Tim Rowse: Community voices need to be heard
I have been taking part in the community housing steering committee’s project to find solutions to attainable housing in Steamboat. I feel it’s time to give some community perspective to this discussion.
First, the makeup of the steering committee and the sub-committees are overwhelmingly pro-growth. That’s not good or bad, just an observation to consider. The overriding belief I heard was that supply solves all our problems. Supply, of course, needs to be tempered with our infrastructure and cultural capacities.
Second, the housing effort is running a risk of future derailment by the voter if they don’t stop and ask the community how and where it would like to grow. I don’t believe in a “no-growth” policy as I believe a “no-growth” philosophy leads to a homogenized society of the wealthy with the support community living “down valley.”
I believe Steamboat’s cross-section of cultures and economic status are a big part of what makes our community so great. However, if we don’t understand what the community wants and act on that, we run the risk of political illegitimacy and voter unwillingness to move forward.
Third, the recent suggestion of expanding the urban growth boundary is unnecessary to achieve attainable housing. There are basically three current options as to where and how Steamboat can grow. They are infill within city limits, West Steamboat and implementing the Routt County master plan for Stagecoach.
I believe we need to implement two of these options as any two will satisfy demand for decades to come. The first option I would choose is infill, as this option will happen in one form or another no matter what we do.
The other option is the communities choice between West Steamboat and Stagecoach. Both have advantages and disadvantages — I won’t get into now but that could be addressed in an extensive effort for community input.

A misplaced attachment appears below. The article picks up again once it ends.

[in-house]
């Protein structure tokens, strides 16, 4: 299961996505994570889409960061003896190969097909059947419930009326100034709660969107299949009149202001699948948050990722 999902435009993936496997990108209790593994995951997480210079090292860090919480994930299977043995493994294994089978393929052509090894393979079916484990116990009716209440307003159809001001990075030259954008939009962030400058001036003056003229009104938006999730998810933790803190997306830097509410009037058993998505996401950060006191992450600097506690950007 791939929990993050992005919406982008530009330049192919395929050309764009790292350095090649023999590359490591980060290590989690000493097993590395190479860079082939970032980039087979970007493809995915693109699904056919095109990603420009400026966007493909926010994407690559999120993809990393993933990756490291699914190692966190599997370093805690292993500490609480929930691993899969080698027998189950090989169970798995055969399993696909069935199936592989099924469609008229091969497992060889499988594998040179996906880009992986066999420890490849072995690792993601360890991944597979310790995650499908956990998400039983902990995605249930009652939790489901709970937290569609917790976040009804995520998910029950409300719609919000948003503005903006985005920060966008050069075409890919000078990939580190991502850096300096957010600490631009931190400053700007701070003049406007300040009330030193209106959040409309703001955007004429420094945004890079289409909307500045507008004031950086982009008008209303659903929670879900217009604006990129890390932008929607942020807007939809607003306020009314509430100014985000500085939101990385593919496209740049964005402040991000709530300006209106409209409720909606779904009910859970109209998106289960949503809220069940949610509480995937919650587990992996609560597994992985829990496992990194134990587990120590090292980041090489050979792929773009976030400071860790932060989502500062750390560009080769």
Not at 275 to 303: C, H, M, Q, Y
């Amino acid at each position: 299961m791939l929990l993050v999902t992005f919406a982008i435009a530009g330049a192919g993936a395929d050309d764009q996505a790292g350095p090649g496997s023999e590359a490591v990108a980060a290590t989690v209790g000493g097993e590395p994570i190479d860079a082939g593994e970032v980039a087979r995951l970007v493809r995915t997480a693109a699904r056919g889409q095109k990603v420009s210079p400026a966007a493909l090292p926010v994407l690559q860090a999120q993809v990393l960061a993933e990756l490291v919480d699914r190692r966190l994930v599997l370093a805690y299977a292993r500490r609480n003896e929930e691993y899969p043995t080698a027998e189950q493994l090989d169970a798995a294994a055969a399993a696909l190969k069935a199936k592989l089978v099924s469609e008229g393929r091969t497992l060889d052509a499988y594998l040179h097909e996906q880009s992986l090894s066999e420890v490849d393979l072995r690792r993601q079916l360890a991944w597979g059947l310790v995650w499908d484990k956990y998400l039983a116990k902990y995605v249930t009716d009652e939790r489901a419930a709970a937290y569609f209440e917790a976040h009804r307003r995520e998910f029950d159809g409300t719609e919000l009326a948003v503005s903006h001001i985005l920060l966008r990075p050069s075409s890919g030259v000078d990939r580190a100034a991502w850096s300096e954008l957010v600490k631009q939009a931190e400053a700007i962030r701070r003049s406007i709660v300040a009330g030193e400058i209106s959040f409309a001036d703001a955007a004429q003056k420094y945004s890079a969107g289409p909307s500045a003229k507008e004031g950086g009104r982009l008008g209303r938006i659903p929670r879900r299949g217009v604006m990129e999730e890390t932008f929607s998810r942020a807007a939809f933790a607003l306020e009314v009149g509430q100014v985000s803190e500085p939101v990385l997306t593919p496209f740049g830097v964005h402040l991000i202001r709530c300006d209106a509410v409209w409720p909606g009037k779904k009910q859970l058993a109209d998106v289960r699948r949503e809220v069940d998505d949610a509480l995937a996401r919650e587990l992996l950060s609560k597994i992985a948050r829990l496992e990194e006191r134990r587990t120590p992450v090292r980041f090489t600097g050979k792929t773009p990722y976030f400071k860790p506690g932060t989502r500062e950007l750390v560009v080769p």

The last option is to do nothing which is a choice that I believe leads to a weaker community.
So, how do we move forward on this delicate issue? In my view, the next step in the process is to get extensive feedback from community members on what they want. One way to do this is an extensive community survey on attitudes toward how and where to grow.
This needs to be done in an unbiased way that proactively engages the community. A survey of this kind is one of the suggestions of the steering committee to local government.
I urge the county commissioners and city council to act on this. And, please don’t hire some consulting firm to run this for us …l et’s make it a community effort.
A concurrent step is for a local organization, most likely the Yampa Valley Housing Authority, to take lead on a collaborative discussion and creation of a workable, go-forward plan that includes city and county collaboration, private sector input and, most importantly, community input.
To address our need for housing and set guidelines for growth will take a focused effort. It makes little sense for the city and county to work separately on this issue.
What if city and county resources were collaboratively focused on specific areas of growth the community agrees on? City, county and community could take a very precise approach to managing our growth with proper community, government and private sector leadership.
I urge community members who care about this issue to get informed and make their voice heard.
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One of the last available addresses for a large, undeveloped property in the Strawberry Park area north of Steamboat Springs has been acquired by a holding company owned by billionaire venture capitalist Mark Stevens.